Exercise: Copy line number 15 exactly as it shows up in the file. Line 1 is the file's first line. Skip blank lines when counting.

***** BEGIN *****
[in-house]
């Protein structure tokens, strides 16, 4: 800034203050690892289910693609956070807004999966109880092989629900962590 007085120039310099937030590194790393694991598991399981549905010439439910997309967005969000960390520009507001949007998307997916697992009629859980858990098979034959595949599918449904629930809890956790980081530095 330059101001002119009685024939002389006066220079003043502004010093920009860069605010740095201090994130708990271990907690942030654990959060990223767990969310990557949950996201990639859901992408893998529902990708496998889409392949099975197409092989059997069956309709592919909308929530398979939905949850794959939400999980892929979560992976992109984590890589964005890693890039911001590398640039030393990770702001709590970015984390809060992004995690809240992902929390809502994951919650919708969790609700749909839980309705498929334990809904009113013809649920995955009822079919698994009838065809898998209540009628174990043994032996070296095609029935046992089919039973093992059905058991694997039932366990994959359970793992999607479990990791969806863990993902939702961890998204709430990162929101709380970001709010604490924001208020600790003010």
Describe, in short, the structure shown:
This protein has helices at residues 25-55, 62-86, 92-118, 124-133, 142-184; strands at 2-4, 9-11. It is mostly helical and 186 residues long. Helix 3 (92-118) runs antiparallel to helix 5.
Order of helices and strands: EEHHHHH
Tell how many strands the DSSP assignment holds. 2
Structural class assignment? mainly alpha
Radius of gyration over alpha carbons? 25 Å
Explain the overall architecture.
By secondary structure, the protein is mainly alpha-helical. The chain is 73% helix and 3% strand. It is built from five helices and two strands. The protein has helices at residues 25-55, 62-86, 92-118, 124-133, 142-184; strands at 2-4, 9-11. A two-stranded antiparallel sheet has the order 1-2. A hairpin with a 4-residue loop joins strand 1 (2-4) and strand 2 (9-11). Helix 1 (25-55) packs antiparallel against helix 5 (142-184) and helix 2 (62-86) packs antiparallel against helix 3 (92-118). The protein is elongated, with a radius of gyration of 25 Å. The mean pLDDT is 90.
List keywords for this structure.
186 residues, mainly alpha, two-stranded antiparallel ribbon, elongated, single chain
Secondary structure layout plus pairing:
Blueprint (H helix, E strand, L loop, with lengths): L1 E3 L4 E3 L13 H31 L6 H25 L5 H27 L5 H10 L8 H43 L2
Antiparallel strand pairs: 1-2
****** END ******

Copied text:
Antiparallel strand pairs: 1-2